On June 28, 2012, right after the Cleveland Cavaliers took Jae Crowder, the Warriors’ turn came up in the second round of the NBA draft. They opted for Draymond Green, a talented but slightly rounded forward from Michigan State. It will go down as one of the best draft picks in franchise history.
But how good was it?
In a league where each year’s emerging talent pool is thin and college and foreign players are exhaustively scouted, not a lot of second-round selections evolve into stars. Hardly any, really. But in his fourth season, Green is the second most important player on the best team in the NBA. He was seventh in this year’s MVP voting, and to those of us who watch him regularly, that seems low.
So how does Draymond Green compare to other second-round draft choices? For the evaluation to make sense, we need to go back to 1980. To go further makes the question too muddy. For one thing, there were so many fewer teams in the NBA’s “classic” years that the second round came a lot sooner. Gus Williams was a second-round pick by the Warriors in 1975 – at pick No. 20, which would put him solidly in the first round today. Willis Reed was the Knicks’ second-rounder in 1964 – at No. 8 overall.
But here’s the main problem with going back into the mists of afros and short shorts: Because scouting wasn’t as developed, more brilliant players lasted into the second round and beyond.
This isn’t to make Draymond look better by avoiding comparisons to the best second rounders. It’s just that at this young stage of his career, it’s impossible to stand him back-to-back with, say, Tiny Archibald (1970) or Alex English (1976) or Maurice Cheeks (1978). Too much speculation required.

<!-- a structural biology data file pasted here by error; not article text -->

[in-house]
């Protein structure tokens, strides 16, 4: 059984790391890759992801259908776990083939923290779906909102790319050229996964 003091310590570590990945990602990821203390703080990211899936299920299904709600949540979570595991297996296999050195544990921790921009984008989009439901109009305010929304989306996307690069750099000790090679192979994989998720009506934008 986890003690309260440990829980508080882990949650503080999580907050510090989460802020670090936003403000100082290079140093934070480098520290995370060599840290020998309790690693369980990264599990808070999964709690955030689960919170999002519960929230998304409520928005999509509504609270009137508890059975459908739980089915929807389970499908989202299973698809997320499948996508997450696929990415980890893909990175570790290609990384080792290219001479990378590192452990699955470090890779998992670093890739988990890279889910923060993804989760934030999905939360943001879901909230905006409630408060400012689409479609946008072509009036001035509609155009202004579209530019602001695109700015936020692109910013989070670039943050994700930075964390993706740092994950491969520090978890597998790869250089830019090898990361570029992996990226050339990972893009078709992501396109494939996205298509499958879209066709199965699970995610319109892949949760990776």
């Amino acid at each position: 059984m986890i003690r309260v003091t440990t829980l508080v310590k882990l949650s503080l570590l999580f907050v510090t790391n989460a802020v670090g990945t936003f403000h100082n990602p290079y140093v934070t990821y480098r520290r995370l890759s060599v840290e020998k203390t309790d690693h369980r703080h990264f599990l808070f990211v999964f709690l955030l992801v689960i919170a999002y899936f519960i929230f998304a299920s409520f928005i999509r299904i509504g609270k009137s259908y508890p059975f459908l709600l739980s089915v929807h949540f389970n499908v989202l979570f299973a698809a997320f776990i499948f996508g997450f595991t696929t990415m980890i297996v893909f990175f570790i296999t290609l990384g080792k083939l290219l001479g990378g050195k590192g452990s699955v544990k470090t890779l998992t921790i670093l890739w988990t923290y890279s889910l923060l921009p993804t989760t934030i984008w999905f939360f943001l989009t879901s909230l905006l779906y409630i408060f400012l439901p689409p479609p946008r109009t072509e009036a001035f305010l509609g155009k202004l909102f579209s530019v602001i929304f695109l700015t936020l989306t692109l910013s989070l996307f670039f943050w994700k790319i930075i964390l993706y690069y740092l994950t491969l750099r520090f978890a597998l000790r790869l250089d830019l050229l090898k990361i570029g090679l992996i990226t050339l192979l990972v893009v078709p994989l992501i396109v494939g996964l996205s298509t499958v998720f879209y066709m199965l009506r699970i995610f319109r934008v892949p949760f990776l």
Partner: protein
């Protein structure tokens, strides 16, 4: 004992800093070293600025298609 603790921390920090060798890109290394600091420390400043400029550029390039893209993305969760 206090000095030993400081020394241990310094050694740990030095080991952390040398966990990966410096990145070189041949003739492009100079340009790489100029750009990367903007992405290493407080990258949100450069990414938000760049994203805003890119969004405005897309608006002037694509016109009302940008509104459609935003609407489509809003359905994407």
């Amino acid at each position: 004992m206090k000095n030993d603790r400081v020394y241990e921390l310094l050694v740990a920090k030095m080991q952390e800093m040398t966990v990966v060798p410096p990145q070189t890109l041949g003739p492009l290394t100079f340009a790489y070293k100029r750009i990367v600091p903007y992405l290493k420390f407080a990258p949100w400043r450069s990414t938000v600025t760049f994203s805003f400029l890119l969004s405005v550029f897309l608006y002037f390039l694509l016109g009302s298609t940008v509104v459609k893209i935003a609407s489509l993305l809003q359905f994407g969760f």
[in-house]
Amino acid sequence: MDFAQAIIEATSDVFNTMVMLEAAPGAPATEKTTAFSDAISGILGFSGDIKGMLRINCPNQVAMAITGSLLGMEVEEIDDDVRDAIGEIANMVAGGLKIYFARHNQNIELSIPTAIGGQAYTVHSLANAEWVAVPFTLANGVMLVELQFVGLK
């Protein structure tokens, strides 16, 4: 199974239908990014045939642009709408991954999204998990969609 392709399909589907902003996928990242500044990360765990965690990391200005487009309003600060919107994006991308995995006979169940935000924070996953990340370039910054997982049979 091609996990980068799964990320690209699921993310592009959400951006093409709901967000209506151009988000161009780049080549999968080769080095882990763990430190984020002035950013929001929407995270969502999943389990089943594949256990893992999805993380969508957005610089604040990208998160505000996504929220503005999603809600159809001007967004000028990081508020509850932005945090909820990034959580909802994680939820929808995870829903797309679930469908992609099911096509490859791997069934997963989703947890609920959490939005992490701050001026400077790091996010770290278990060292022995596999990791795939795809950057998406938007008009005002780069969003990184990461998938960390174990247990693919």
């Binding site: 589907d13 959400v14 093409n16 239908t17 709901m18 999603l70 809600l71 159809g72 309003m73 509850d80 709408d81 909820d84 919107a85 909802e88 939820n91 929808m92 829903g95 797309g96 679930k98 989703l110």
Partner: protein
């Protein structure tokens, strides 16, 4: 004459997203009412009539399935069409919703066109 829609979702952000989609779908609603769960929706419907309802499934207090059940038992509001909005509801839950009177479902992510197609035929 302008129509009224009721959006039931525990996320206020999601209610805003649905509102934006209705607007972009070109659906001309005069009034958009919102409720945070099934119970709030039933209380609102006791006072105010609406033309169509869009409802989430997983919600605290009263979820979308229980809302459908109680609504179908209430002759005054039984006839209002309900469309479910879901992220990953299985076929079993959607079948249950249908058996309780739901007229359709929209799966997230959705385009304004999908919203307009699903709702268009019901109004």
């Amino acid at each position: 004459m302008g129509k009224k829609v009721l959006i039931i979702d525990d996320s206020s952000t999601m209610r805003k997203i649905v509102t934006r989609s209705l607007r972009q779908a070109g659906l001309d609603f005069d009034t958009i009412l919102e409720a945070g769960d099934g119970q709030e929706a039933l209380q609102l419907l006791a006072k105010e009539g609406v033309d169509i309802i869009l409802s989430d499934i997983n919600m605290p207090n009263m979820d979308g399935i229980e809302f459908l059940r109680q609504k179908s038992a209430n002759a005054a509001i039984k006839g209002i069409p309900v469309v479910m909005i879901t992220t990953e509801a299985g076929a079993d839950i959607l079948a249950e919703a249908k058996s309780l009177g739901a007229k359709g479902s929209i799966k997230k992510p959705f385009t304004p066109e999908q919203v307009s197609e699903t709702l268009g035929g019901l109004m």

So, arbitrary or not, we’re going back to 1980. Since then, there have been many good NBA second-rounders, but few great ones.
Here are the top six ranked by Win Shares: (1) Jeff Hornacek, 108.87; (2) Manu Ginobili, 101.23; (3) Rashard Lewis, 90.85; (4) P.J. Brown, 89.84; (5) Dennis Rodman, 89.83; (6) Clifford Robinson, 89.73.
Here are the guys with more than two All-Star appearances: (1) Mark Price, four; (t2) Gilbert Arenas, three; (t2) Paul Millsap, three.
Here are the four players with more-than-miniscule MVP Award Shares, with continued thanks to basketball-reference.com: (1) Price, .107; (2) Rodman, .040; (3) Arenas, .027; (4) Ginobili, .026.
And because I will take every opportunity to suck up to local coaches, here are the dudes with three or more NBA championships to their credit: (t1) Steve Kerr, five; (t1) Rodman, five; (3) Ginobili, four; (4) Toni Kukoc, three.
Other notable NBA second-rounders of the past 36 years would include Rick Mahorn, Danny Ainge, Doc Rivers, Hot Rod Williams, Antonio Davis, Carlos Boozer, Monta Ellis, Marc Gasol and DeAndre Jordan. A lot of tough, heady players. Again, no unabashed superstars.
Breaking down their career numbers and accolades, the cream of the crop would seem to be Price, Rodman, Ginobili, and maybe Arenas and Lewis. And only one of those guys is in the Basketball Hall of Fame. That’s Rodman, whose incredible rebounding prowess made him indispensable to the Bad Boys Pistons and the second-edition Bulls of Michael Jordan. Maybe Ginobili has a chance to join him in Springfield. Probably not.
So there’s your Second-Round Gold Standard: Dennis Rodman.
Can Draymond Green fly by the careers of Mark Price, Rashard Lewis and Manu Ginobili? Can he be better than Rodman? A lot can happen on the way to greatness, obviously, but none of those other guys was as versatile as the kid from Saginaw, Mich. And when all is said and done, Green might have more All-Star nods than Price and, who knows, as many NBA titles as Rodman.
It seems entirely possible, then, that when the Warriors added Green to their 2012 draft haul of Harrison Barnes and Festus Ezeli, they were making the best second-round draft choice in the modern history of the league.